UN agency launches action plan against 'hidden' hepatitis

July 25, 2012

The World Health Organization (WHO) announced on Wednesday measures to fight the "hidden epidemic" of hepatitis which kills more than one million people a year.

The virus, which settles in the liver causing inflammation, affects 500 million people worldwide but can go unnoticed for years and even decades, the UN health agency told reporters in Geneva.

"The vast majority of people infected with hepatitis are unaware, undiagnosed and untreated," says Dr Sylvie Briand of WHO's Pandemic and Department.

"Only by increasing awareness of the different forms of hepatitis, and how they can be prevented and treated, can we take the first step towards full control of the disease and save thousands of lives," she added.

One in 12 people are infected by the virus which exists in five forms: A, B, C, D and E.

The WHO is particulary keen to target types B and C since "a high proportion" of people only become aware of their infection when they are chronically ill.

"This can sometimes be decades after infection," said Briand.

Launched ahead of World Hepatitis Day on July 28, the WHO's multi-pronged action plan to eradicate the virus calls on governments to raise awareness, transform research into policy and action, and prevent transmission by effective screening, care and treatment.

"It's a framework for global action so we all collaborate to fight the hidden epidemic", said Briand.

Individuals can protect themselves by washing their hands, food safety practices, practising and avoiding with infected needles, "one of the most common ways of getting infected in some countries", said Briand.

The virus was only discovered in 1989 but vaccines are available for all virus types except C.

A new generation of anti-viral treatments is also on offer for , said Briand, adding that other treatments to stop the B type developing into and cancer are also coming online.

Explore further: Hepatitis C kills more Americans than HIV: study

Related Stories

Egyptians design 'faster, cheaper' hepatitis C test

March 14, 2012

The American University in Cairo said Wednesday that a team of its researchers has designed a faster and cheaper test for all types of hepatitis C, which it says affects about 10 million Egyptians.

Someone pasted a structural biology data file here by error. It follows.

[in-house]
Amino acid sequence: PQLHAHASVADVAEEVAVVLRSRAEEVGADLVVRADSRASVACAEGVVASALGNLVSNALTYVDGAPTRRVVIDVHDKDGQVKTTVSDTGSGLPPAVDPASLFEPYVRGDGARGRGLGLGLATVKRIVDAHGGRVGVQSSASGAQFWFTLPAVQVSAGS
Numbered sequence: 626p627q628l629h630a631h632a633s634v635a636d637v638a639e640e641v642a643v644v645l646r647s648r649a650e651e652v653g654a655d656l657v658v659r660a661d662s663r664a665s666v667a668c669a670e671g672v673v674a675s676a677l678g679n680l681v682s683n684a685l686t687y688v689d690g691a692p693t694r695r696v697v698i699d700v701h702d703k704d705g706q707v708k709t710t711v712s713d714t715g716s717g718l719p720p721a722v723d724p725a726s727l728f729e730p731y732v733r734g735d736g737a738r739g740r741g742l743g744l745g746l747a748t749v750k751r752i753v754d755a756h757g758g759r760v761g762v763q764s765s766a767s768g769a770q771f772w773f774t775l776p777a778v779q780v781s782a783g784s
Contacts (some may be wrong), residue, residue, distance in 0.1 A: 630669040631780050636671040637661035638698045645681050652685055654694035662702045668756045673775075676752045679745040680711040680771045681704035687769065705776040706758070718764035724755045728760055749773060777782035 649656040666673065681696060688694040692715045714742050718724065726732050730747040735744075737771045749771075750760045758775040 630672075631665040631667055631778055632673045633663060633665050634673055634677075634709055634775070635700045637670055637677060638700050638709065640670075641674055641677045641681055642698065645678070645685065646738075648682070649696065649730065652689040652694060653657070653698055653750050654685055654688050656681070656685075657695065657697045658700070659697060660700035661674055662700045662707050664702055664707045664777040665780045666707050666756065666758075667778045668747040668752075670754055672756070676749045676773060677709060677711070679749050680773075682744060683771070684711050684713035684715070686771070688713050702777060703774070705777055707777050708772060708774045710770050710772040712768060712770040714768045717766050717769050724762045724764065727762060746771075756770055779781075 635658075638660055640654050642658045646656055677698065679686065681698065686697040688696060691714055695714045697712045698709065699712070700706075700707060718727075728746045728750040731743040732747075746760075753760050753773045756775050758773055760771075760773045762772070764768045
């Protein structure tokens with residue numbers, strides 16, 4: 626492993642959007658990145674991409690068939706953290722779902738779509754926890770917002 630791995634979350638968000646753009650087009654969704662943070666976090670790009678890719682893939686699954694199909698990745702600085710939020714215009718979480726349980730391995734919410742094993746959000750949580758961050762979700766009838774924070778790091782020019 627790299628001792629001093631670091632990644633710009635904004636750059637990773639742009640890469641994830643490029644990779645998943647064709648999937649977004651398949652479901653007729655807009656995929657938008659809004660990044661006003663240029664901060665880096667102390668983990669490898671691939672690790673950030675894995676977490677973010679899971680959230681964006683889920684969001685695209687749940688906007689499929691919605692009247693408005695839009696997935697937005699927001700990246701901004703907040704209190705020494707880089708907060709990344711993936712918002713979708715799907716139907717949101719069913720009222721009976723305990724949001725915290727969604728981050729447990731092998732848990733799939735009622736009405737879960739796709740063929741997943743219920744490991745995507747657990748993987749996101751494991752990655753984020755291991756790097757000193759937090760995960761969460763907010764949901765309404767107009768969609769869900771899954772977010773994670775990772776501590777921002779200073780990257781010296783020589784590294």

Recommended for you

Listeria infection causes early pregnancy loss in primates

February 21, 2017

Researchers in Wisconsin have discovered how Listeria monocytogenes, a common foodborne pathogen, travels through the mother's body to fatally attack the placenta and fetus during early pregnancy in a macaque monkey.

Listeria may be serious miscarriage threat early in pregnancy

February 21, 2017

Listeria, a common food-borne bacterium, may pose a greater risk of miscarriage in the early stages of pregnancy than appreciated, according to researchers at the University of Wisconsin-Madison School of Veterinary Medicine ...

Ebola linked to habitat destruction

February 20, 2017

A Massey University veterinary scientist has co-authored research suggesting that Ebola virus emergence is linked to the clearing of animal habitat through deforestation in West and Central Africa.

Researcher helps stem the spread of superbugs

February 20, 2017

Katherine Baker feels vindicated. She and other microbiologists have been warning for years that anti-bacterial soaps containing triclosan are bad for the environment, harmful for health, and do nothing to prevent disease.

0 comments

Please sign in to add a comment. Registration is free, and takes less than a minute. Read more

Click here to reset your password.
Sign in to get notified via email when new comments are made.